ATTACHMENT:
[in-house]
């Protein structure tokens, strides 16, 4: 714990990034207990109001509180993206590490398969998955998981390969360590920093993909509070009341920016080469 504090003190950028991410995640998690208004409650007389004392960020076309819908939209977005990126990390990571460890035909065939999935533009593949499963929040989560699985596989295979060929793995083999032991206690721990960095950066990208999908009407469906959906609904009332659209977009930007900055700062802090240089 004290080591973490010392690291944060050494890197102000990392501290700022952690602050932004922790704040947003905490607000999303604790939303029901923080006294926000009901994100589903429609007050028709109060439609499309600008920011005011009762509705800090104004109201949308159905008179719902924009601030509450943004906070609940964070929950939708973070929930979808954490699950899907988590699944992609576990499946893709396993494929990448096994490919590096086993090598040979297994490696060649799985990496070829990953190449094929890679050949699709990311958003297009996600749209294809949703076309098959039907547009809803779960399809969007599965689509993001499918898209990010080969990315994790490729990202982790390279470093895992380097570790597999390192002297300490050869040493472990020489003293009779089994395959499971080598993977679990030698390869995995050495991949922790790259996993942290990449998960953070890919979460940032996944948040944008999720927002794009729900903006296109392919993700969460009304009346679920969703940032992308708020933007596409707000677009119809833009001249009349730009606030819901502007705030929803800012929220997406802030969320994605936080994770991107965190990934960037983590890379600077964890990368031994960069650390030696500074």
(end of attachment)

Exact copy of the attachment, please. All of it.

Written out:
[in-house]
């Protein structure tokens, strides 16, 4: 714990990034207990109001509180993206590490398969998955998981390969360590920093993909509070009341920016080469 504090003190950028991410995640998690208004409650007389004392960020076309819908939209977005990126990390990571460890035909065939999935533009593949499963929040989560699985596989295979060929793995083999032991206690721990960095950066990208999908009407469906959906609904009332659209977009930007900055700062802090240089 004290080591973490010392690291944060050494890197102000990392501290700022952690602050932004922790704040947003905490607000999303604790939303029901923080006294926000009901994100589903429609007050028709109060439609499309600008920011005011009762509705800090104004109201949308159905008179719902924009601030509450943004906070609940964070929950939708973070929930979808954490699950899907988590699944992609576990499946893709396993494929990448096994490919590096086993090598040979297994490696060649799985990496070829990953190449094929890679050949699709990311958003297009996600749209294809949703076309098959039907547009809803779960399809969007599965689509993001499918898209990010080969990315994790490729990202982790390279470093895992380097570790597999390192002297300490050869040493472990020489003293009779089994395959499971080598993977679990030698390869995995050495991949922790790259996993942290990449998960953070890919979460940032996944948040944008999720927002794009729900903006296109392919993700969460009304009346679920969703940032992308708020933007596409707000677009119809833009001249009349730009606030819901502007705030929803800012929220997406802030969320994605936080994770991107965190990934960037983590890379600077964890990368031994960069650390030696500074």